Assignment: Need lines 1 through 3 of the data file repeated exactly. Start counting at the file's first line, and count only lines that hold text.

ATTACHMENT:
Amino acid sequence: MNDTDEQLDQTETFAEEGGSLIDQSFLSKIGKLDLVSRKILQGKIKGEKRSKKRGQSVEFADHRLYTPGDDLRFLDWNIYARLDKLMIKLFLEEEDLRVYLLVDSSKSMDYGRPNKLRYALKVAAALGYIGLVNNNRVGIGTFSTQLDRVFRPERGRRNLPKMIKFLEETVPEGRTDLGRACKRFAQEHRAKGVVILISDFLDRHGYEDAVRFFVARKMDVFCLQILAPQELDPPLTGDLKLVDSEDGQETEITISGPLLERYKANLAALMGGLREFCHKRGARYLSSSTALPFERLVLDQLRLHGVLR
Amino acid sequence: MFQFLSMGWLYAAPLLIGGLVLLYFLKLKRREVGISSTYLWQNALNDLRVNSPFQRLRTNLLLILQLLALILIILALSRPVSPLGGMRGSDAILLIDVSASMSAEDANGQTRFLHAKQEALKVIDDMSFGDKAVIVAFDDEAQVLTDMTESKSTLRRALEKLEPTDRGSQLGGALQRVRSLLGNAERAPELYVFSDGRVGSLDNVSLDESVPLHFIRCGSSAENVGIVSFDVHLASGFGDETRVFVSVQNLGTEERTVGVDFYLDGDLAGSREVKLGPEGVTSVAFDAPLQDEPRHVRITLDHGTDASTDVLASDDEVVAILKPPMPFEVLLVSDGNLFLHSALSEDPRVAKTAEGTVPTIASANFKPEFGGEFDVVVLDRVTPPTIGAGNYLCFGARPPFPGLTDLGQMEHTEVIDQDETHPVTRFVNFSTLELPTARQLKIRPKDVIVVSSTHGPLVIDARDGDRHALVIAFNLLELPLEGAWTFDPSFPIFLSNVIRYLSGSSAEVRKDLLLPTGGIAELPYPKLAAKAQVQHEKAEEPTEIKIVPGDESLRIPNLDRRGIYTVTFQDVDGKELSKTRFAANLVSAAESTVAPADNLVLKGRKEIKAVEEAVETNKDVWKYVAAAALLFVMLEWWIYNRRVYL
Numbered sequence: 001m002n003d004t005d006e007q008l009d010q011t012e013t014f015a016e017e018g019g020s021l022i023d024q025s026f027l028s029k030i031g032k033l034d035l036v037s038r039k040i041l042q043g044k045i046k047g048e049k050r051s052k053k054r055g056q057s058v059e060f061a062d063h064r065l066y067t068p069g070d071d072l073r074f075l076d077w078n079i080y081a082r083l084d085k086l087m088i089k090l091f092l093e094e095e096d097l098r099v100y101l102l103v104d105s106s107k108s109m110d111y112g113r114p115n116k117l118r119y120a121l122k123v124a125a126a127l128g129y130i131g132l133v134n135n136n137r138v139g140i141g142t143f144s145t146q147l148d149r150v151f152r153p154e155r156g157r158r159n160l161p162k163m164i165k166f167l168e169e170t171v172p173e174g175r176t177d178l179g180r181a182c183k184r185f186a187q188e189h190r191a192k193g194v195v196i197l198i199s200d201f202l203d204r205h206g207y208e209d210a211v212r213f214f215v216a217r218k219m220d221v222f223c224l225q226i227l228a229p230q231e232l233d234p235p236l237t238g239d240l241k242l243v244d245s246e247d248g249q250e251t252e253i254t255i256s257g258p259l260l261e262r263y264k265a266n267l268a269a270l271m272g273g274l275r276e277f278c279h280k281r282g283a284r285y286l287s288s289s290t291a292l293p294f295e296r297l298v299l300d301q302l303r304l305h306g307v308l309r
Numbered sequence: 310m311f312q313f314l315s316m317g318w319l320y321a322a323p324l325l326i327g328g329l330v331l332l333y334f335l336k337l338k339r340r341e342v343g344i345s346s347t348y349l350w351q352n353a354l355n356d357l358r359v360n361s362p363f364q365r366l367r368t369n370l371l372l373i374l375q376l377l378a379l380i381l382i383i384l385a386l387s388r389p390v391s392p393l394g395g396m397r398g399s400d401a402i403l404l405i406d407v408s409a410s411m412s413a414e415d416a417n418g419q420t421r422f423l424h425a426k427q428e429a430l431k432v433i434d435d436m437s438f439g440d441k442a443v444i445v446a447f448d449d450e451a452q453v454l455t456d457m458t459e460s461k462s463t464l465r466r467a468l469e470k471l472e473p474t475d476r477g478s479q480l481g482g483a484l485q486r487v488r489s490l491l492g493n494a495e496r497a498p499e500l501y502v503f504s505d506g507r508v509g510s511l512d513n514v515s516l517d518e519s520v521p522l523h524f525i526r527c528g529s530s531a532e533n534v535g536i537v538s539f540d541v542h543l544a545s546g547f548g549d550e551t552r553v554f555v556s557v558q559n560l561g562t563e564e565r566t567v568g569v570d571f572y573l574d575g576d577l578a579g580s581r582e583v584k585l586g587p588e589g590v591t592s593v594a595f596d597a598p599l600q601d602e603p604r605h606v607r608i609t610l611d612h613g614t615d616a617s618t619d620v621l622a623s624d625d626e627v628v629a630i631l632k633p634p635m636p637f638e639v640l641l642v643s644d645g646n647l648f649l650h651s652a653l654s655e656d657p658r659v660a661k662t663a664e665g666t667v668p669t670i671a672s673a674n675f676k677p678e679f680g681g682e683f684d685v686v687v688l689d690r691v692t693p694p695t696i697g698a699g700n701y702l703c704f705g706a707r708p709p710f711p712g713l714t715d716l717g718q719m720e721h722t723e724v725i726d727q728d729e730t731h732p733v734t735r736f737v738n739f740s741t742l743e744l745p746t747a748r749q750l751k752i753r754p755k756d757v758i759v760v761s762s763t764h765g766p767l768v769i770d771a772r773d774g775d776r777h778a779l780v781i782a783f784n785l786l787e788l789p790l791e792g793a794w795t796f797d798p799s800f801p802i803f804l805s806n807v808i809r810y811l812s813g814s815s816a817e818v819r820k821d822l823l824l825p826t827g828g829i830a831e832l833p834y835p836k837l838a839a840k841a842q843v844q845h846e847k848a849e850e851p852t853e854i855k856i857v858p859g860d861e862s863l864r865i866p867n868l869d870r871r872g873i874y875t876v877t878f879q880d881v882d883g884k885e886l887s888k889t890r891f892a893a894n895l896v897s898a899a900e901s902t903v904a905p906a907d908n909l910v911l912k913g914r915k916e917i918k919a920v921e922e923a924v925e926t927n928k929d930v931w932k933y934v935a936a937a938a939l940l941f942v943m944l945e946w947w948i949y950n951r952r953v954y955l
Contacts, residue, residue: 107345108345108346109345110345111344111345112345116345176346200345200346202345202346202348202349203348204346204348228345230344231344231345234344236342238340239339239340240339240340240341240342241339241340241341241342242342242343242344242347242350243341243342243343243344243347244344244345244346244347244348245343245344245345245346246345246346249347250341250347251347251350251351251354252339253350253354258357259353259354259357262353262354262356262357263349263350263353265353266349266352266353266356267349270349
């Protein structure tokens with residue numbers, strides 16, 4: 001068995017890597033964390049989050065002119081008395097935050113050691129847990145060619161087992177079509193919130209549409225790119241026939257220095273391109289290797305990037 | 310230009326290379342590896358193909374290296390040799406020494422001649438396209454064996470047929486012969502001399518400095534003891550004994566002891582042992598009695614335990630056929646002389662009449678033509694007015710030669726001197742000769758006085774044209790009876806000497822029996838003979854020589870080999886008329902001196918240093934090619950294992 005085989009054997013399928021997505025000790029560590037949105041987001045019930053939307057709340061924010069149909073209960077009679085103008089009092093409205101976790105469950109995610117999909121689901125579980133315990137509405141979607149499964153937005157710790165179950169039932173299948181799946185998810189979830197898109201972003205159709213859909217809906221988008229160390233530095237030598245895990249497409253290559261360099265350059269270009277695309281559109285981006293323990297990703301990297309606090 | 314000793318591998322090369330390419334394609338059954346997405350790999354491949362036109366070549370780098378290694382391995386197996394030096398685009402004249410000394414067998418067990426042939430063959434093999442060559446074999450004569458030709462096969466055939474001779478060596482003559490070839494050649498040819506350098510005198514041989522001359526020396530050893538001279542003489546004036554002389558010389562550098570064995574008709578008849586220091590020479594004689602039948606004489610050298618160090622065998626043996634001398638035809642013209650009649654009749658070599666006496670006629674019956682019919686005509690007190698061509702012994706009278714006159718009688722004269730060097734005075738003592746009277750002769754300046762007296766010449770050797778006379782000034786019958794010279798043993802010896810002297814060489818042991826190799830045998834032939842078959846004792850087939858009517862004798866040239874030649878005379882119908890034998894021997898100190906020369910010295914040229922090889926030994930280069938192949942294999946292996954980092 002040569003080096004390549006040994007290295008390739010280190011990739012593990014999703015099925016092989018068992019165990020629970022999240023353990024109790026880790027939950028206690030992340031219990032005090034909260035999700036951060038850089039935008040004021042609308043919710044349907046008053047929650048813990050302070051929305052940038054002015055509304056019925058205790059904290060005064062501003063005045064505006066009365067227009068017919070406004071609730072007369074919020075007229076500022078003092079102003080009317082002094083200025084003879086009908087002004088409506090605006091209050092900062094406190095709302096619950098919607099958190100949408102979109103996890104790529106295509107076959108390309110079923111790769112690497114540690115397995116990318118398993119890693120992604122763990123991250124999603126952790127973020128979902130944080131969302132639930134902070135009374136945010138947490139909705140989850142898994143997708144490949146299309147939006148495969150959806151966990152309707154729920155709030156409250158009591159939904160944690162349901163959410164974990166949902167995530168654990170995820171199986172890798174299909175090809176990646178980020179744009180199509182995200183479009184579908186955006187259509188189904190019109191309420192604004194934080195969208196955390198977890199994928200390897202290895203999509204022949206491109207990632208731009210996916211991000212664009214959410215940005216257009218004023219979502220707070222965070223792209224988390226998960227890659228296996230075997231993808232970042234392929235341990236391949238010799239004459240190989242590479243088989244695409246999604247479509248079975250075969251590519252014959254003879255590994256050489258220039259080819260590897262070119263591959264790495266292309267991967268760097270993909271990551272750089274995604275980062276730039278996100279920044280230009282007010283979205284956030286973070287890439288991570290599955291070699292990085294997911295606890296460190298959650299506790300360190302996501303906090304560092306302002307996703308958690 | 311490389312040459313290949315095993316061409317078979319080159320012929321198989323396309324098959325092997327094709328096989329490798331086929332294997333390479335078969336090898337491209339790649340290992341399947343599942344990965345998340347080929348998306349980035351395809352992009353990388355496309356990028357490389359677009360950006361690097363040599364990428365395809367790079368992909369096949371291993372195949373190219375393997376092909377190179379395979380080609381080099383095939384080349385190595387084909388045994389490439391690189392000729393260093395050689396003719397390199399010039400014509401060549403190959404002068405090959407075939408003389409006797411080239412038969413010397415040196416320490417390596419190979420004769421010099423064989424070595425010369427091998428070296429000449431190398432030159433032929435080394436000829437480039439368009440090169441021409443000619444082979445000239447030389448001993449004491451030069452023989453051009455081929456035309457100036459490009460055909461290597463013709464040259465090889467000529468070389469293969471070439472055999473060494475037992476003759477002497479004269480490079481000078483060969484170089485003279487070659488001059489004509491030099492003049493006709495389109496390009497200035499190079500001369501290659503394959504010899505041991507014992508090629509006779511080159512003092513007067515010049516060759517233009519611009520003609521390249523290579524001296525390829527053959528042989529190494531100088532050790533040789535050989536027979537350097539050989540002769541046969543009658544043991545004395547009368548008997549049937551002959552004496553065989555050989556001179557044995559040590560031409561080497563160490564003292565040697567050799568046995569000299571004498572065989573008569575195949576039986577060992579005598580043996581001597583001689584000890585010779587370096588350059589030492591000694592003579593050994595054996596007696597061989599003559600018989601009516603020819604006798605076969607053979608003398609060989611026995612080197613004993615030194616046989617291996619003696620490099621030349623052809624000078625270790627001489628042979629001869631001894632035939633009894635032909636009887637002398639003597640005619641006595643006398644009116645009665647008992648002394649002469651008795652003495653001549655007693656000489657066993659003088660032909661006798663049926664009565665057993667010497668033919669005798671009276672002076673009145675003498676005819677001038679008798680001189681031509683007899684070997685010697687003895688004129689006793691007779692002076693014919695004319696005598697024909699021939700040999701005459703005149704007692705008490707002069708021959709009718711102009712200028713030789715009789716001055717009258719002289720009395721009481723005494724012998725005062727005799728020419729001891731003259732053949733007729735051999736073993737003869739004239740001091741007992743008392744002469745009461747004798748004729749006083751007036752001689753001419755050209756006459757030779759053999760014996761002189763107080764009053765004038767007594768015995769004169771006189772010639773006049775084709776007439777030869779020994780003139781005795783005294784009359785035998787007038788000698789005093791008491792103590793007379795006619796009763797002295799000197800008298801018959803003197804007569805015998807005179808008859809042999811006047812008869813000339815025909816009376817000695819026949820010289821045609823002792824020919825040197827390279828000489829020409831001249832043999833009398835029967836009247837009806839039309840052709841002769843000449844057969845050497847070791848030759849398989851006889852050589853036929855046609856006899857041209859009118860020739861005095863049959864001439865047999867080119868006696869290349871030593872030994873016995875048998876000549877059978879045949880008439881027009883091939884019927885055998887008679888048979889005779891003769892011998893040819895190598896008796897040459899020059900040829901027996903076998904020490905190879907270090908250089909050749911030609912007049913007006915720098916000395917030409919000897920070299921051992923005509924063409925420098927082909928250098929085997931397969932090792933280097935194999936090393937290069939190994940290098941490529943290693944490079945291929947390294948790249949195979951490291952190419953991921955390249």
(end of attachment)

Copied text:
Amino acid sequence: MNDTDEQLDQTETFAEEGGSLIDQSFLSKIGKLDLVSRKILQGKIKGEKRSKKRGQSVEFADHRLYTPGDDLRFLDWNIYARLDKLMIKLFLEEEDLRVYLLVDSSKSMDYGRPNKLRYALKVAAALGYIGLVNNNRVGIGTFSTQLDRVFRPERGRRNLPKMIKFLEETVPEGRTDLGRACKRFAQEHRAKGVVILISDFLDRHGYEDAVRFFVARKMDVFCLQILAPQELDPPLTGDLKLVDSEDGQETEITISGPLLERYKANLAALMGGLREFCHKRGARYLSSSTALPFERLVLDQLRLHGVLR
Amino acid sequence: MFQFLSMGWLYAAPLLIGGLVLLYFLKLKRREVGISSTYLWQNALNDLRVNSPFQRLRTNLLLILQLLALILIILALSRPVSPLGGMRGSDAILLIDVSASMSAEDANGQTRFLHAKQEALKVIDDMSFGDKAVIVAFDDEAQVLTDMTESKSTLRRALEKLEPTDRGSQLGGALQRVRSLLGNAERAPELYVFSDGRVGSLDNVSLDESVPLHFIRCGSSAENVGIVSFDVHLASGFGDETRVFVSVQNLGTEERTVGVDFYLDGDLAGSREVKLGPEGVTSVAFDAPLQDEPRHVRITLDHGTDASTDVLASDDEVVAILKPPMPFEVLLVSDGNLFLHSALSEDPRVAKTAEGTVPTIASANFKPEFGGEFDVVVLDRVTPPTIGAGNYLCFGARPPFPGLTDLGQMEHTEVIDQDETHPVTRFVNFSTLELPTARQLKIRPKDVIVVSSTHGPLVIDARDGDRHALVIAFNLLELPLEGAWTFDPSFPIFLSNVIRYLSGSSAEVRKDLLLPTGGIAELPYPKLAAKAQVQHEKAEEPTEIKIVPGDESLRIPNLDRRGIYTVTFQDVDGKELSKTRFAANLVSAAESTVAPADNLVLKGRKEIKAVEEAVETNKDVWKYVAAAALLFVMLEWWIYNRRVYL
Numbered sequence: 001m002n003d004t005d006e007q008l009d010q011t012e013t014f015a016e017e018g019g020s021l022i023d024q025s026f027l028s029k030i031g032k033l034d035l036v037s038r039k040i041l042q043g044k045i046k047g048e049k050r051s052k053k054r055g056q057s058v059e060f061a062d063h064r065l066y067t068p069g070d071d072l073r074f075l076d077w078n079i080y081a082r083l084d085k086l087m088i089k090l091f092l093e094e095e096d097l098r099v100y101l102l103v104d105s106s107k108s109m110d111y112g113r114p115n116k117l118r119y120a121l122k123v124a125a126a127l128g129y130i131g132l133v134n135n136n137r138v139g140i141g142t143f144s145t146q147l148d149r150v151f152r153p154e155r156g157r158r159n160l161p162k163m164i165k166f167l168e169e170t171v172p173e174g175r176t177d178l179g180r181a182c183k184r185f186a187q188e189h190r191a192k193g194v195v196i197l198i199s200d201f202l203d204r205h206g207y208e209d210a211v212r213f214f215v216a217r218k219m220d221v222f223c224l225q226i227l228a229p230q231e232l233d234p235p236l237t238g239d240l241k242l243v244d245s246e247d248g249q250e251t252e253i254t255i256s257g258p259l260l261e262r263y264k265a266n267l268a269a270l271m272g273g274l275r276e277f278c279h280k281r282g283a284r285y286l287s288s289s290t291a292l293p294f295e296r297l298v299l300d301q302l303r304l305h306g307v308l309r